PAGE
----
Giving Compass' Take:

• H. Claire Brown reports that the Trump administration plans to propose stricter food stamp guidelines that would create a steeper benefits cliff.

• How can funders work to avoid benefits cliffs?  

• Learn about work requirements for food stamps

The Trump administration plans to propose a rule that will dramatically limit a popular Supplemental Nutrition Assistance Program (SNAP, formerly food stamps) enrollment process. This move is expected to render more than 3 million current recipients ineligible to continue receiving food assistance, according to Brandon Lipps, administrator of the Food and Nutrition Service for the United States Department of Agriculture.

The new rule is aimed at “reforming” broad-based categorical eligibility, a method used by 40 states to automatically allow households who receive benefits via Temporary Assistance for Needy Families (TANF, another assistance program) to enroll in SNAP. “What we’ve found is some states are taking advantage of loopholes,” Agriculture Secretary Sonny Perdue said in a call with reporters on Monday evening. The specific proposed changes involve trimming broad-based categorical eligibility to include only people who receive more than $50 worth of benefits for more than 6 consecutive months. Perdue added that these changes would “save money, but more importantly, preserve the integrity of the program while insuring nutrition.”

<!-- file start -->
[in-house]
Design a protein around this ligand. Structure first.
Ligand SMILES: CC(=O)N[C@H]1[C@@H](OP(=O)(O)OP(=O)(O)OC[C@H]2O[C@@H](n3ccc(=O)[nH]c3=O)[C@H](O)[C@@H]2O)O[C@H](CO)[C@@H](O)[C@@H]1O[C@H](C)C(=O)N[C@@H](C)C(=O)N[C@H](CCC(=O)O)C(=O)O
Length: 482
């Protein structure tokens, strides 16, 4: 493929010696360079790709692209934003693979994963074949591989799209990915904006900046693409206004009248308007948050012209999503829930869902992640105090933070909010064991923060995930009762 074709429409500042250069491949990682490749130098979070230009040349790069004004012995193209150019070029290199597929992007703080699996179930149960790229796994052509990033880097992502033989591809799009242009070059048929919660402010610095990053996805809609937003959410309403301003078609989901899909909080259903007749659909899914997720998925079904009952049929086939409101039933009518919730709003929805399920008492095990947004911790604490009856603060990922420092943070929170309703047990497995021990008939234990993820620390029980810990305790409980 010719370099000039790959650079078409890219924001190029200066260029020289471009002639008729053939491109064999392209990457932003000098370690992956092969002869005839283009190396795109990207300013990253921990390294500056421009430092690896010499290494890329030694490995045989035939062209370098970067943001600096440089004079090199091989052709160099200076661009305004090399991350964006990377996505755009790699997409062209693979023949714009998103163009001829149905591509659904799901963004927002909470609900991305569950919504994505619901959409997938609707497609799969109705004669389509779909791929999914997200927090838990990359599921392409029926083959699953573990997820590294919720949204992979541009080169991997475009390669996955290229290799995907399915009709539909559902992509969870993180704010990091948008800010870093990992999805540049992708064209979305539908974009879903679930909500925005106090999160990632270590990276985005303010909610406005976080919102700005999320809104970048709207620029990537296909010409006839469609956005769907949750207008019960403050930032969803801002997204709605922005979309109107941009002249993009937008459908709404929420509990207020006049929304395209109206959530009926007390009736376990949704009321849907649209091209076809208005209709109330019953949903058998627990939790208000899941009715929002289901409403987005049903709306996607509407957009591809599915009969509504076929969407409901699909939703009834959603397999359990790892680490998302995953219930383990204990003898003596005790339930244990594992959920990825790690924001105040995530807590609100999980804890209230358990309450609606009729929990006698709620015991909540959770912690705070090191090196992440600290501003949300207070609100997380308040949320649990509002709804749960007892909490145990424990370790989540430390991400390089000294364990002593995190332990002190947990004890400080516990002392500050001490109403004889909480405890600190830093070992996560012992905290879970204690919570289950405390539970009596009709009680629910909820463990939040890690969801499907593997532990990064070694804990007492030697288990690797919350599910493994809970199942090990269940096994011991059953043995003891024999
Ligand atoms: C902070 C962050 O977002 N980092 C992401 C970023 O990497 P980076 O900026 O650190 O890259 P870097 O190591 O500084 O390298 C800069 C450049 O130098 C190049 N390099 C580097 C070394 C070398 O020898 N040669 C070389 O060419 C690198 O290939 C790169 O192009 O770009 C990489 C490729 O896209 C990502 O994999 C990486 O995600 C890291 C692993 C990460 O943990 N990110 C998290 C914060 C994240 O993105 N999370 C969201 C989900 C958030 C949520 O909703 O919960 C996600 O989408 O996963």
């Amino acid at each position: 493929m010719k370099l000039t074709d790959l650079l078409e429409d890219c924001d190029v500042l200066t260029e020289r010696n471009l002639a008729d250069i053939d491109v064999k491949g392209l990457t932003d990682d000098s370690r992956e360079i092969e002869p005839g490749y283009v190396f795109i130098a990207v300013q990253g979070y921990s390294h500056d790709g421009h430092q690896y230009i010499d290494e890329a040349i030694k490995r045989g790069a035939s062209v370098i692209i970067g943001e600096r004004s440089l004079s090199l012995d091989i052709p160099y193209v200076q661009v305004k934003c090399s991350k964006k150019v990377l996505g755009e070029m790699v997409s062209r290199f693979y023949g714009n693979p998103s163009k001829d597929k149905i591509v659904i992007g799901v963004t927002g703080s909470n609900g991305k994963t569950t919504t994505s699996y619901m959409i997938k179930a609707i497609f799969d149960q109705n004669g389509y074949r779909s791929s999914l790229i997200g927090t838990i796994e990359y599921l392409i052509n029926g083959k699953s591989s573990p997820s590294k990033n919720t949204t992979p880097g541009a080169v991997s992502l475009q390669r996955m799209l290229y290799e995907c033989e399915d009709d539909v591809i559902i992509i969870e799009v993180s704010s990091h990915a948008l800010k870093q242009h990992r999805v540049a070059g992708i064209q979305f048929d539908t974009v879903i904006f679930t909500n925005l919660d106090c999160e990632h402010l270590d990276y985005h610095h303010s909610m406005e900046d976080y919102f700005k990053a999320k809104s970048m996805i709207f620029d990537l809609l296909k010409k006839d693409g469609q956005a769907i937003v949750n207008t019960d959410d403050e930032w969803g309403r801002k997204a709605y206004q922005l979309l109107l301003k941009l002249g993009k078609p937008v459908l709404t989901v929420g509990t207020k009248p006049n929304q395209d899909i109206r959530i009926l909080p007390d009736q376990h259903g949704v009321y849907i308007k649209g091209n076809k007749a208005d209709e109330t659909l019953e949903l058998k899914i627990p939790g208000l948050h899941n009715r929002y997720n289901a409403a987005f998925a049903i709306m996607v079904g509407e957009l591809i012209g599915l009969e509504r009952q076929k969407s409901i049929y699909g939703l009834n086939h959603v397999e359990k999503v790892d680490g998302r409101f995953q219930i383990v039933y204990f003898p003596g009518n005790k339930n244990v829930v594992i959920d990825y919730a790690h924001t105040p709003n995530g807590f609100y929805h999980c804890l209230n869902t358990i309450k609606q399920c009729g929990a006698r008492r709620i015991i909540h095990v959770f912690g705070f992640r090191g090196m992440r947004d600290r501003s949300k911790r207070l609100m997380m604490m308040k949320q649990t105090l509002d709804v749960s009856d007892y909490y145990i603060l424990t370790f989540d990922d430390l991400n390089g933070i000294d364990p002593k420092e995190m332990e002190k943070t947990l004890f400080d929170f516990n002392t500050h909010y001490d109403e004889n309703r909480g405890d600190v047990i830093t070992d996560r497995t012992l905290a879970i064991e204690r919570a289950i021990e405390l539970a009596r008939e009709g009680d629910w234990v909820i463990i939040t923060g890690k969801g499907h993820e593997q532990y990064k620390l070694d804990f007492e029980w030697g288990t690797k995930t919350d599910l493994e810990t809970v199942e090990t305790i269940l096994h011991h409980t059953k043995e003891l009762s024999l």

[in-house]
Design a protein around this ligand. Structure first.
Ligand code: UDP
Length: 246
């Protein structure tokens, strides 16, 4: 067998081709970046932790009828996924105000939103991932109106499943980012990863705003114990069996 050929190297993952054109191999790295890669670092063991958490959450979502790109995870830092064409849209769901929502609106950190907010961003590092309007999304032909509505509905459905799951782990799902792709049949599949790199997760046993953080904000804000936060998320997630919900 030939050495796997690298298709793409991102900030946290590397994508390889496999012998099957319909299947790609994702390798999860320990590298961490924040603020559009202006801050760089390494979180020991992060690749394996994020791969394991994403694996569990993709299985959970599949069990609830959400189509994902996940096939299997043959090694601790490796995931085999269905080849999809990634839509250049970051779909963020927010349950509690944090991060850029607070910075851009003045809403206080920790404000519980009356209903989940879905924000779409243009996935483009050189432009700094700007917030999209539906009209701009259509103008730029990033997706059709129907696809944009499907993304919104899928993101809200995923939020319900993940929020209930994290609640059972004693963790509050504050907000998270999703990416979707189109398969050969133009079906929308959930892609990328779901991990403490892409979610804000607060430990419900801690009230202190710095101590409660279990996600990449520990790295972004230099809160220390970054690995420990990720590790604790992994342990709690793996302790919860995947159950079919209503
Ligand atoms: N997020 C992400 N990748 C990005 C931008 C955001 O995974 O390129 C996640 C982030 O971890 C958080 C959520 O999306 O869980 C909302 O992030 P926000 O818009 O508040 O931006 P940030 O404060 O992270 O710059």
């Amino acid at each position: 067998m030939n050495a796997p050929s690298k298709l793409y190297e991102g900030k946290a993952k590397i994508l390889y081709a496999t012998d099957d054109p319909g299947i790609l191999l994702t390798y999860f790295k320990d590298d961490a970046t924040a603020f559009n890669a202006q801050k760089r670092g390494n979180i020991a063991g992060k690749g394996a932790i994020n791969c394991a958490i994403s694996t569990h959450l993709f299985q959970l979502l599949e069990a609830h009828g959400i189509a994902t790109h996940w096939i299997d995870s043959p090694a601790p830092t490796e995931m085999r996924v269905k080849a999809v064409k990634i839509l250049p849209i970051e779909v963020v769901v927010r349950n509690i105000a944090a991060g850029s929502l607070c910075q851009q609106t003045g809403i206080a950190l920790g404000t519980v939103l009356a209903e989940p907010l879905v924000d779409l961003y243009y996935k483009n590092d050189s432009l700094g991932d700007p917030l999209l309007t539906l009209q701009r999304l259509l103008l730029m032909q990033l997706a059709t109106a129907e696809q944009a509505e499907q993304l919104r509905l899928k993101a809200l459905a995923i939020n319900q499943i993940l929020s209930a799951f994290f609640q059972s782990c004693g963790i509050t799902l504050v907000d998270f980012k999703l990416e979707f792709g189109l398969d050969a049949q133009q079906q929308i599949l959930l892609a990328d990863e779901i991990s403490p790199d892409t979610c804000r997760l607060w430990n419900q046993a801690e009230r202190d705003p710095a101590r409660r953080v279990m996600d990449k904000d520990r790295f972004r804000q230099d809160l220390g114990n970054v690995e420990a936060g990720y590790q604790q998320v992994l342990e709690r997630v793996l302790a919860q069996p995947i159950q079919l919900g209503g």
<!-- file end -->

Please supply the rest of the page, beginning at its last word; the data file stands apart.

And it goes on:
Right now, broad-based categorical eligibility allows families to earn slightly more money per month and still receive benefits. Whereas the SNAP program limits gross income to 130 percent of the federal poverty line, or $1,307 per month for a single person, broad-based categorical eligibility means that in some states people can earn as much as 200 percent of the poverty line and still qualify. These families are still subject to a net income limit of 130 percent of the poverty line; the difference is that they can subtract some major expenses like rent and daycare from the 200-percent total.

“This is the option that allows the state to look at the income circumstances of people who are starting to earn more money and see whether or not the expenses they have for other basics like childcare and like high housing costs are leaving them with too little money in their budgets left over for food,” says Ellen Vollinger, SNAP director for the Food Research and Action Center, an anti-hunger advocacy organization.

Here’s an example of how this works, by way of a statement the Urban Institute’s Elaine Waxman made to a subcommittee of the House of Representatives’ Agriculture Committee last month: A single mom with two kids making $12.75 an hour would receive $96 a month from SNAP under normal rules. If she got a 50-cent raise, she’d exceed the 130-percent SNAP eligibility threshold and lose all her benefits. However, under broad-based categorical eligibility, her SNAP benefits would just be reduced to $65 a month, rather than zero. This phenomenon is called the benefits cliff, and broad-based categorical eligibility has done a lot to soften its blow.

Trump’s USDA has argued that states use broad-based categorical eligibility to provide benefits to too many people. A January 2019 report from the Congressional Research Service found that states provide households with low-cost services via the Temporary Assistance for Needy Families program, such as brochures or referrals to hotlines, and in doing so grandfather those households into SNAP. This practice, the administration argues, unfairly allows households with too-high incomes to receive food assistance.

Read the full article about stricter food stamp guidelines by H. Claire Brown at The New Food Economy.